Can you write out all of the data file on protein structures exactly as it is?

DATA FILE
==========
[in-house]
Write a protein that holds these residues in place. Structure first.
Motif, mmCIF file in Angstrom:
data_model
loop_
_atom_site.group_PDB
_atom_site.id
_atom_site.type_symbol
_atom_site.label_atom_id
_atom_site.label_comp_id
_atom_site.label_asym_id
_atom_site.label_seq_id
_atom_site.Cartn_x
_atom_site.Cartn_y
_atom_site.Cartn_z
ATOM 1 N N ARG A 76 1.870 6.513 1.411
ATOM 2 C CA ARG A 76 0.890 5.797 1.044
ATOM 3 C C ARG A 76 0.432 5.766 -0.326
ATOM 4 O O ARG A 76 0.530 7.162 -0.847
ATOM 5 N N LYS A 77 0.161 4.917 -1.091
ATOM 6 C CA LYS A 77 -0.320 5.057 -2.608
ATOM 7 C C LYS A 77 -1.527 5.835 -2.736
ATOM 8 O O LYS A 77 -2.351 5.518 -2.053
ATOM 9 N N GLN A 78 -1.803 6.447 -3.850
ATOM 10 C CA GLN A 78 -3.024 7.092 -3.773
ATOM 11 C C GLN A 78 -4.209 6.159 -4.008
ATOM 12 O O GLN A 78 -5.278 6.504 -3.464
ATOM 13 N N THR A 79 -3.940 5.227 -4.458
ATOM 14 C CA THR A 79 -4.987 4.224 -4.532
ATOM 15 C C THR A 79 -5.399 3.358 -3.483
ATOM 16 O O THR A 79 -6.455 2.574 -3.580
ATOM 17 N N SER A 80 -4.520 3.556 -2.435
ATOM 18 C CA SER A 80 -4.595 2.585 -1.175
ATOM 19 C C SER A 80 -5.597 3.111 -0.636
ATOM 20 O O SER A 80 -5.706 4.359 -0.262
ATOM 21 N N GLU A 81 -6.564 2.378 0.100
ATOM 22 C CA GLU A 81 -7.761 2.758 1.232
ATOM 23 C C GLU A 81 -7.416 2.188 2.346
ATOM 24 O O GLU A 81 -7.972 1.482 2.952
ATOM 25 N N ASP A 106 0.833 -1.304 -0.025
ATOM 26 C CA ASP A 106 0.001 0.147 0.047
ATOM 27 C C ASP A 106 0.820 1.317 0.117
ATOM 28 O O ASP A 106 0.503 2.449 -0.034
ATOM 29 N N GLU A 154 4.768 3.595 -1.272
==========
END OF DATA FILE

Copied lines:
[in-house]
Write a protein that holds these residues in place. Structure first.
Motif, mmCIF file in Angstrom:
data_model
loop_
_atom_site.group_PDB
_atom_site.id
_atom_site.type_symbol
_atom_site.label_atom_id
_atom_site.label_comp_id
_atom_site.label_asym_id
_atom_site.label_seq_id
_atom_site.Cartn_x
_atom_site.Cartn_y
_atom_site.Cartn_z
ATOM 1 N N ARG A 76 1.870 6.513 1.411
ATOM 2 C CA ARG A 76 0.890 5.797 1.044
ATOM 3 C C ARG A 76 0.432 5.766 -0.326
ATOM 4 O O ARG A 76 0.530 7.162 -0.847
ATOM 5 N N LYS A 77 0.161 4.917 -1.091
ATOM 6 C CA LYS A 77 -0.320 5.057 -2.608
ATOM 7 C C LYS A 77 -1.527 5.835 -2.736
ATOM 8 O O LYS A 77 -2.351 5.518 -2.053
ATOM 9 N N GLN A 78 -1.803 6.447 -3.850
ATOM 10 C CA GLN A 78 -3.024 7.092 -3.773
ATOM 11 C C GLN A 78 -4.209 6.159 -4.008
ATOM 12 O O GLN A 78 -5.278 6.504 -3.464
ATOM 13 N N THR A 79 -3.940 5.227 -4.458
ATOM 14 C CA THR A 79 -4.987 4.224 -4.532
ATOM 15 C C THR A 79 -5.399 3.358 -3.483
ATOM 16 O O THR A 79 -6.455 2.574 -3.580
ATOM 17 N N SER A 80 -4.520 3.556 -2.435
ATOM 18 C CA SER A 80 -4.595 2.585 -1.175
ATOM 19 C C SER A 80 -5.597 3.111 -0.636
ATOM 20 O O SER A 80 -5.706 4.359 -0.262
ATOM 21 N N GLU A 81 -6.564 2.378 0.100
ATOM 22 C CA GLU A 81 -7.761 2.758 1.232
ATOM 23 C C GLU A 81 -7.416 2.188 2.346
ATOM 24 O O GLU A 81 -7.972 1.482 2.952
ATOM 25 N N ASP A 106 0.833 -1.304 -0.025
ATOM 26 C CA ASP A 106 0.001 0.147 0.047
ATOM 27 C C ASP A 106 0.820 1.317 0.117
ATOM 28 O O ASP A 106 0.503 2.449 -0.034
ATOM 29 N N GLU A 154 4.768 3.595 -1.272